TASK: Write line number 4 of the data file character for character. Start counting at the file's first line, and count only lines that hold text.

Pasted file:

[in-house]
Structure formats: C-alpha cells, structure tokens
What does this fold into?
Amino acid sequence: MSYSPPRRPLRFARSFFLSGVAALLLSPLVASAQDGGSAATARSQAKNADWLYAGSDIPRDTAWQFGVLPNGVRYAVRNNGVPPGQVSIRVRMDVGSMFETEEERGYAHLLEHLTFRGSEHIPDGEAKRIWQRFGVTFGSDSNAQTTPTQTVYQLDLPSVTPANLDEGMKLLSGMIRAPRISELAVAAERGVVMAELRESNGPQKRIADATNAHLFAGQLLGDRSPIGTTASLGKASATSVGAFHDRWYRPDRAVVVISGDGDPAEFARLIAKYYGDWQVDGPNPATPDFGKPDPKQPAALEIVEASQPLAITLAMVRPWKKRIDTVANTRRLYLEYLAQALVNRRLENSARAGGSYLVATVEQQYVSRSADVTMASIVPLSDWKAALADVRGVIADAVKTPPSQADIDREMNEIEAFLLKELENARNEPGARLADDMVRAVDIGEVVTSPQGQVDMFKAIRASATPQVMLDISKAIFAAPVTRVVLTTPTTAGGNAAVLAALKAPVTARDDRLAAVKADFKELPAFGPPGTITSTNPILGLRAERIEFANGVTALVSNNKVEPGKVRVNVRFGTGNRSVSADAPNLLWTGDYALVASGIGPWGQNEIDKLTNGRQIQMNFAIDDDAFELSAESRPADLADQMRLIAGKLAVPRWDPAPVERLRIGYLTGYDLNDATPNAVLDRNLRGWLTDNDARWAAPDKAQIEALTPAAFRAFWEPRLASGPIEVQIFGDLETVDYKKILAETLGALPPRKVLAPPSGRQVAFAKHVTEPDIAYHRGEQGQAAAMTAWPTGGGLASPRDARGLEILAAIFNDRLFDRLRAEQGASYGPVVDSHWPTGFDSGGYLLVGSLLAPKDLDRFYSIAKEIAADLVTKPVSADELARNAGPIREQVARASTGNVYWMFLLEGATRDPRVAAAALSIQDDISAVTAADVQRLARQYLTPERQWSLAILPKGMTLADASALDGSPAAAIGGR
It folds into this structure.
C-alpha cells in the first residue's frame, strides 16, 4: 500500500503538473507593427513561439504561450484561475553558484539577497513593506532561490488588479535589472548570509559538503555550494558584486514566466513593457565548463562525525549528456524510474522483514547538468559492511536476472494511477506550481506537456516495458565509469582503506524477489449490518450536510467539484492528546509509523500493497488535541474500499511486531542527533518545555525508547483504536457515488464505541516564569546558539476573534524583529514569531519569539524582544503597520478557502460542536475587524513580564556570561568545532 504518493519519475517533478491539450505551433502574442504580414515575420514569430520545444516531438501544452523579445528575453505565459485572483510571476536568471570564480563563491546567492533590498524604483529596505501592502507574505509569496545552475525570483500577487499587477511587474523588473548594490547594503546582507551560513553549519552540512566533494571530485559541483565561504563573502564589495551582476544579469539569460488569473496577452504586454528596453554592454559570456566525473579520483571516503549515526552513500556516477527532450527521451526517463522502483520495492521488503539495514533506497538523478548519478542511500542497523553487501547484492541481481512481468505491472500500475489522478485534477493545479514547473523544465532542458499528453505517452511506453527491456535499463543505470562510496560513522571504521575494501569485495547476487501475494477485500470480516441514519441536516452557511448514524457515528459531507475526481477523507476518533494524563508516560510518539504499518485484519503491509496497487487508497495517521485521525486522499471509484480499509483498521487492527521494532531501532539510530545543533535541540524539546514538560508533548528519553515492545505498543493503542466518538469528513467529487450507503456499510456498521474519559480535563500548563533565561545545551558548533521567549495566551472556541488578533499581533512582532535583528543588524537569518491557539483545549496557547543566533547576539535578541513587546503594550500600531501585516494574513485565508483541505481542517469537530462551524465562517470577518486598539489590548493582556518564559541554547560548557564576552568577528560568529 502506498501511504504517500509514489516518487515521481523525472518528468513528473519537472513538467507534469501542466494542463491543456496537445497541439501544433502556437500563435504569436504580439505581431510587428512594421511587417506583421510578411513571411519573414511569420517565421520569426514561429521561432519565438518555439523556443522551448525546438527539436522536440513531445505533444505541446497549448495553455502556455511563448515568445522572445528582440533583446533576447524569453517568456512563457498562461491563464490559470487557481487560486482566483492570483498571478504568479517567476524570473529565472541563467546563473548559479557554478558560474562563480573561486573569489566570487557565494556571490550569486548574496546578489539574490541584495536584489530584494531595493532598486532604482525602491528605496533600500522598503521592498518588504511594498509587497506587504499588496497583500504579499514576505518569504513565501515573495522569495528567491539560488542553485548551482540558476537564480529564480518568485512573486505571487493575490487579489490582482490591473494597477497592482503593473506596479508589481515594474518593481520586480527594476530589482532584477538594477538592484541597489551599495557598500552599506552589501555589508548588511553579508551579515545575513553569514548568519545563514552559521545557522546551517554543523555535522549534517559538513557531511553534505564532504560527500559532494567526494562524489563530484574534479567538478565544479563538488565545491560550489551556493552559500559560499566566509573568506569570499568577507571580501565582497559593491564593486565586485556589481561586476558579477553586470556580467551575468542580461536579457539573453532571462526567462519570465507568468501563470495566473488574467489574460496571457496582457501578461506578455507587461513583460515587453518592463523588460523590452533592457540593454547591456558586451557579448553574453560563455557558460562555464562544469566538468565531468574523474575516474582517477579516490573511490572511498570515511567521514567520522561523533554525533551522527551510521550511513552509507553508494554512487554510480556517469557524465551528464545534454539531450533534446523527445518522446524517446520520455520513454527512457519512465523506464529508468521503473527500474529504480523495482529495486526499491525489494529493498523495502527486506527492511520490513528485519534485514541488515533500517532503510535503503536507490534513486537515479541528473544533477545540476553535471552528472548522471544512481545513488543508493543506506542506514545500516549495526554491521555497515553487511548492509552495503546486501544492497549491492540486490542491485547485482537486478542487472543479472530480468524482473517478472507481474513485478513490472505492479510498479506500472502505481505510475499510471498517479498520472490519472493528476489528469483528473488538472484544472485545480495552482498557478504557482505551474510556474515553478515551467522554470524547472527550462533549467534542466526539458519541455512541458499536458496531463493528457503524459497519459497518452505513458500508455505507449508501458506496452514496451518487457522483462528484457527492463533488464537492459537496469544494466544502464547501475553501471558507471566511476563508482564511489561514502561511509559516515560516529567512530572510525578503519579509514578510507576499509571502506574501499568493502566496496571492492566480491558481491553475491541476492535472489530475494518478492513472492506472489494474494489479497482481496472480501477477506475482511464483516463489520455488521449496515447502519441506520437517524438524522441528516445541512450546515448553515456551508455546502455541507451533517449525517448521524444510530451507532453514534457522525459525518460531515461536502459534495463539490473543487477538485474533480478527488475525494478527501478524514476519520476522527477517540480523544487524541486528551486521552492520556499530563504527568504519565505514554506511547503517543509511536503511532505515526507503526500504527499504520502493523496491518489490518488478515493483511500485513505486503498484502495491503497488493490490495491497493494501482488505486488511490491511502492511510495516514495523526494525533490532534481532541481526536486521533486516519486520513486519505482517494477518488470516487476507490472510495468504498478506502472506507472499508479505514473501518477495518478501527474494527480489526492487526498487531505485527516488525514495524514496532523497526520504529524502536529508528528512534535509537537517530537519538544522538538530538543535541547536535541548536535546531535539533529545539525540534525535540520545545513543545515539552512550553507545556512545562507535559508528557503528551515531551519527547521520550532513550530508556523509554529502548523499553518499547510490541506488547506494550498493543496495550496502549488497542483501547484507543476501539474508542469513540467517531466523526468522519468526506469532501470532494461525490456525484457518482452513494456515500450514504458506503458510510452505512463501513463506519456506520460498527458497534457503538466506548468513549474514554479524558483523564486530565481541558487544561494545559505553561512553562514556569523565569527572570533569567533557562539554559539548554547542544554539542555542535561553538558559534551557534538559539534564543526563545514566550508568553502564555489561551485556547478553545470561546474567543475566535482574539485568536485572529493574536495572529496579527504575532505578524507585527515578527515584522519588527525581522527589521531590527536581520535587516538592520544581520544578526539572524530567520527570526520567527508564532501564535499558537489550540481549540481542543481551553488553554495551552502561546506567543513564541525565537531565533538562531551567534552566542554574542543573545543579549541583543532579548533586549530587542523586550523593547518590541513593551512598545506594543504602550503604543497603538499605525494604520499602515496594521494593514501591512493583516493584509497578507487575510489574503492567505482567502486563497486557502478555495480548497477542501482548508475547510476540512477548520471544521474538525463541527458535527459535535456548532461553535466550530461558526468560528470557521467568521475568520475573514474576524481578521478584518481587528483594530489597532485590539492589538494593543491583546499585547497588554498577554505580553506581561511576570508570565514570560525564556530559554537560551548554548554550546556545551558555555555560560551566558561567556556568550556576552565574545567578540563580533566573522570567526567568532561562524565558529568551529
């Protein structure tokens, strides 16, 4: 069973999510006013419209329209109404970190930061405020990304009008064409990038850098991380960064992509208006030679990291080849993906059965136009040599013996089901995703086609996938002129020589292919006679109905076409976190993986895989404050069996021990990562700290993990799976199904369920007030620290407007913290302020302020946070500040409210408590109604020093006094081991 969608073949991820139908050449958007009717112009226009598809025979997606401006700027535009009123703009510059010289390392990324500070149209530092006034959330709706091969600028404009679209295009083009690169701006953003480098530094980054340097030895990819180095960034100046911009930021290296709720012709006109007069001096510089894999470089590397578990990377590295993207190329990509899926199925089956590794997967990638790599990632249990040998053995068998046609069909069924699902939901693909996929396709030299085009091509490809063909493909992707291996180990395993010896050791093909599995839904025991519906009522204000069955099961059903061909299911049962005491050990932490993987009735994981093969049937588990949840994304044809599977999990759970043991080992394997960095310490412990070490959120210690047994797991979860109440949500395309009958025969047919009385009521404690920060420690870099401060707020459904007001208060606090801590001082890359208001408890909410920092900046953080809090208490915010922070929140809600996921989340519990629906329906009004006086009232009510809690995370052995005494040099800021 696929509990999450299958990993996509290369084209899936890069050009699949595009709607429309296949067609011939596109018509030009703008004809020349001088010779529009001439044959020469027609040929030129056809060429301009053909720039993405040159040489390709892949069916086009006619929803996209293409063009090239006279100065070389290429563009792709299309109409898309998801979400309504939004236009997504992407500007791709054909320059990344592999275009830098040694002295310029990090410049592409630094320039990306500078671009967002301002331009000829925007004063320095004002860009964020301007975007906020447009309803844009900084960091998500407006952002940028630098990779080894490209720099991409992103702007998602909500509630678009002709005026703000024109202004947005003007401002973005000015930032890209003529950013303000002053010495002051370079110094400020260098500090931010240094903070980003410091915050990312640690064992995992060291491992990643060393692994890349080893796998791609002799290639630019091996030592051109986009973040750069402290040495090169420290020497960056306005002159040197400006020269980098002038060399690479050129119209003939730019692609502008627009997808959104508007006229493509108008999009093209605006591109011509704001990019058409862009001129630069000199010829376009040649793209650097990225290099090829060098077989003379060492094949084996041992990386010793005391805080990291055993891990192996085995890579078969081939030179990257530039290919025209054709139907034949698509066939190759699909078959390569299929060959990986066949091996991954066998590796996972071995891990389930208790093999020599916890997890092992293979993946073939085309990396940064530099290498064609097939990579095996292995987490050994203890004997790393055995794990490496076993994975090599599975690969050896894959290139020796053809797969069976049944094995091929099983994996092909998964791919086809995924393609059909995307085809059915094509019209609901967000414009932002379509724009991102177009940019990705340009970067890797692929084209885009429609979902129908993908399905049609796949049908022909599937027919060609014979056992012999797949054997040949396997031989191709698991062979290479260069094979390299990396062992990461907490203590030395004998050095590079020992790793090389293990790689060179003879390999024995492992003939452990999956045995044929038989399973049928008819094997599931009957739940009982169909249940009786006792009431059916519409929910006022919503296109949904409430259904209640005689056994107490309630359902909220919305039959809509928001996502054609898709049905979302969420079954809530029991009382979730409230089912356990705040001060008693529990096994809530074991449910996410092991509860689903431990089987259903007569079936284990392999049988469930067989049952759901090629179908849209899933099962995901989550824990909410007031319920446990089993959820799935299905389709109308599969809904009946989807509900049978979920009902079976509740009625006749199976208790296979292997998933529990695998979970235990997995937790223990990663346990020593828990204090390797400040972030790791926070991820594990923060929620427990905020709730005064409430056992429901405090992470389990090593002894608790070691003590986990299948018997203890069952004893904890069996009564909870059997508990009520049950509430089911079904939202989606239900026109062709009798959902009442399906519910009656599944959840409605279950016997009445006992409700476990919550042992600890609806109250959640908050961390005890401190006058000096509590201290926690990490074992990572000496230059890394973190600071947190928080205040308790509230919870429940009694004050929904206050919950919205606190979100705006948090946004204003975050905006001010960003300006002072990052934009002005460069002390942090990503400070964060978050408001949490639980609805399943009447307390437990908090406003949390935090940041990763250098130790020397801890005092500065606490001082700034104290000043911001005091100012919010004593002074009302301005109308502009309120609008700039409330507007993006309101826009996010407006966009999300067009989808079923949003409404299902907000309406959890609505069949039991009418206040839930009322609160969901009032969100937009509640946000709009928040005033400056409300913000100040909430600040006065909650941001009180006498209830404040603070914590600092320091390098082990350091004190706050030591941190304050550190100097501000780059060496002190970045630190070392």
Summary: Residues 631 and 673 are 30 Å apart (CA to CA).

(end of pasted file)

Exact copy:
Amino acid sequence: MSYSPPRRPLRFARSFFLSGVAALLLSPLVASAQDGGSAATARSQAKNADWLYAGSDIPRDTAWQFGVLPNGVRYAVRNNGVPPGQVSIRVRMDVGSMFETEEERGYAHLLEHLTFRGSEHIPDGEAKRIWQRFGVTFGSDSNAQTTPTQTVYQLDLPSVTPANLDEGMKLLSGMIRAPRISELAVAAERGVVMAELRESNGPQKRIADATNAHLFAGQLLGDRSPIGTTASLGKASATSVGAFHDRWYRPDRAVVVISGDGDPAEFARLIAKYYGDWQVDGPNPATPDFGKPDPKQPAALEIVEASQPLAITLAMVRPWKKRIDTVANTRRLYLEYLAQALVNRRLENSARAGGSYLVATVEQQYVSRSADVTMASIVPLSDWKAALADVRGVIADAVKTPPSQADIDREMNEIEAFLLKELENARNEPGARLADDMVRAVDIGEVVTSPQGQVDMFKAIRASATPQVMLDISKAIFAAPVTRVVLTTPTTAGGNAAVLAALKAPVTARDDRLAAVKADFKELPAFGPPGTITSTNPILGLRAERIEFANGVTALVSNNKVEPGKVRVNVRFGTGNRSVSADAPNLLWTGDYALVASGIGPWGQNEIDKLTNGRQIQMNFAIDDDAFELSAESRPADLADQMRLIAGKLAVPRWDPAPVERLRIGYLTGYDLNDATPNAVLDRNLRGWLTDNDARWAAPDKAQIEALTPAAFRAFWEPRLASGPIEVQIFGDLETVDYKKILAETLGALPPRKVLAPPSGRQVAFAKHVTEPDIAYHRGEQGQAAAMTAWPTGGGLASPRDARGLEILAAIFNDRLFDRLRAEQGASYGPVVDSHWPTGFDSGGYLLVGSLLAPKDLDRFYSIAKEIAADLVTKPVSADELARNAGPIREQVARASTGNVYWMFLLEGATRDPRVAAAALSIQDDISAVTAADVQRLARQYLTPERQWSLAILPKGMTLADASALDGSPAAAIGGR